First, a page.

Attention turns to the UK Gambling Commission, as last week Executive Director for Policy Development Tim Miller announced that the regulator was ready to publish its first series of Gambling Review Consultations.

As such the UKGC is expected to publish four consultations on regulatory outcomes related to age verification, remote games design, direct marketing and cross-selling, and financial risk and vulnerability checks.

The publishing of the White Paper’s consultations will mark the end of the purgatory UK gambling has been sentenced under its review.

Yet, for the Commission’s concerns and scepticism remain on its long-term strategy, enforcement powers and handling of key issues and stakeholders.

Joining James Ross on the latest episode of iGaming Daily, sponsored by SBC Summit Barcelona, to discuss the latest White Paper developments is Andrew McCarron, Managing Director at SBC.

Additionally, SBC News Senior Journalist Jessie Sale joins later on in the podcast live from iGB Live in Amsterdam, to give her live report from day one of the affiliate conference at the RAI.

Kicking off the discussion, James Ross, Multimedia Editor at SBC, addresses the latest developments from Miller’s Blog.

McCarron vividly depicted the much-anticipated publication of the white paper using a football analogy, likening it to a “hospital pass” whereby possession is aimlessly ceded to the opposition, suggesting that the Gambling Commission had its work cut out with the timings of the publication.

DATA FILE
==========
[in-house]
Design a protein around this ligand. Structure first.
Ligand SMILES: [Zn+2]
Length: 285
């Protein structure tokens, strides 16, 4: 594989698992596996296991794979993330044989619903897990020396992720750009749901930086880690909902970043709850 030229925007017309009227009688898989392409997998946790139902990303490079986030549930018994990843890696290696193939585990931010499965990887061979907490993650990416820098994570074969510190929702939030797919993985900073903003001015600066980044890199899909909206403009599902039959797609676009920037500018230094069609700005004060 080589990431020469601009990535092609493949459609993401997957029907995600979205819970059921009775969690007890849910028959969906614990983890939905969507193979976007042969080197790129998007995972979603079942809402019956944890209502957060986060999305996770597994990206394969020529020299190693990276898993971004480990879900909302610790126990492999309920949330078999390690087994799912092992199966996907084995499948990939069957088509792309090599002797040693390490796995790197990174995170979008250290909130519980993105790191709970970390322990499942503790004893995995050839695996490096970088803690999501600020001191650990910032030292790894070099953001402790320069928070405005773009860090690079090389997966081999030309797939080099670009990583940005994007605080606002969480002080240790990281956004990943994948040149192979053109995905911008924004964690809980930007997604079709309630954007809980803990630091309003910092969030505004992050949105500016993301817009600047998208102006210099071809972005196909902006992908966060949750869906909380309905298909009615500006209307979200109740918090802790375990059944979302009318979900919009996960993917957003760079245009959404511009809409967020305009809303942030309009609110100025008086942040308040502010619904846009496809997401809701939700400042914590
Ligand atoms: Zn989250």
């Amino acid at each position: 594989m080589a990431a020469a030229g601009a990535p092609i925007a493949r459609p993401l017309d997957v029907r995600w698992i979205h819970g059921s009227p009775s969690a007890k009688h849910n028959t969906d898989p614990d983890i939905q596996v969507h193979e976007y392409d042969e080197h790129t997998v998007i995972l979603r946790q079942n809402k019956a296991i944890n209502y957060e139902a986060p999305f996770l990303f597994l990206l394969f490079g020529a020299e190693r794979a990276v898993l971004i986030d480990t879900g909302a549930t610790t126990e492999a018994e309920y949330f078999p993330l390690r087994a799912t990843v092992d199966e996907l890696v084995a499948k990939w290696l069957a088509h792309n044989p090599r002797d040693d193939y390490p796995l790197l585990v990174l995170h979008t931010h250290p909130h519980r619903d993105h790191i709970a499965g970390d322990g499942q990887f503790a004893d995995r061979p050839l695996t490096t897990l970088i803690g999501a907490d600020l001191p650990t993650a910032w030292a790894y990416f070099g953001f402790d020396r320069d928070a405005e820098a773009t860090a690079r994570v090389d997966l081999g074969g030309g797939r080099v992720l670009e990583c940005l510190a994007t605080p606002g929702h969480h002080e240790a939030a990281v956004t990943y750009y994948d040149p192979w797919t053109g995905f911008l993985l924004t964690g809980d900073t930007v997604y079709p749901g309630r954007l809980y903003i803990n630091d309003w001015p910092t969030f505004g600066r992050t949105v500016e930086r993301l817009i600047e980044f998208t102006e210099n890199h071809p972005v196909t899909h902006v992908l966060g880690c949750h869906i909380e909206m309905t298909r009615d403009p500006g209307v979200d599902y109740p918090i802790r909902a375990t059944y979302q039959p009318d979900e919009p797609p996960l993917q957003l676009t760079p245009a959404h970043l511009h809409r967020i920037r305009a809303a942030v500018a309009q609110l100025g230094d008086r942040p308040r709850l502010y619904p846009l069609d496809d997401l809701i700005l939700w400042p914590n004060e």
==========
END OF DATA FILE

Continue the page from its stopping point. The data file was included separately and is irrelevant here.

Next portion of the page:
McCarron proceeds to discuss the financial risk checks related to age verification and the restrictions in gameplay.

“It’s quite a new approach for the gambling industry in comparison to the UK, as they have a lower limit for those under 25. What makes it unusual is that gambling products of some level are available to play from birth, essentially. For the first time, there’s an age limit for ages over 18. 

“People age in different ways, so while some 25-year-olds may be as mature as 16-year-olds, there are 16-year-olds who are more like 30 in their approach to different things. It will be interesting to see the kind of pushback that arises from this.” 

McCarron then discusses the controversy surrounding financial risks and vulnerability checks.

“There was a light touch financial well-being check used for people who spend a significant amount over a month. For example, if someone bought an issue of the Racing Post every single day for a month, which is the main b2c gambling title for horse racing, they would actually exceed the threshold for the next check. However, some people were upset with the lighter touch and they will try to make their mark and potentially tighten up the original suggestions.”

Ross and McCarron wrapped up the conversation by speaking about white label providers, and Premier League sponsorships.

“The Asian facing brands that you see on a lot of Premier League shirts – they’re all white labels, most of them tend to be from the same white label provider on the Isle of Man but they need that UK licence to be allowed to advertise in the UK even though they are advertising that they’re not interested in UK players. So the cheap way of them doing it is to get one of these white label deals which then gives them a licence to advertise on the shirts.

“There was a push, certainly when Tom Watson was the Deputy Head of the Labour Party, which was the opposition party to ban white labels completely. That has been completely softened now that the controversy around those, shared sponsorship aside, has somewhat disappeared.

“These licensees who supply the white labels deals, they should do more due diligence with who they are working with, and be more aware of their marketing activity because the buck stops with them.”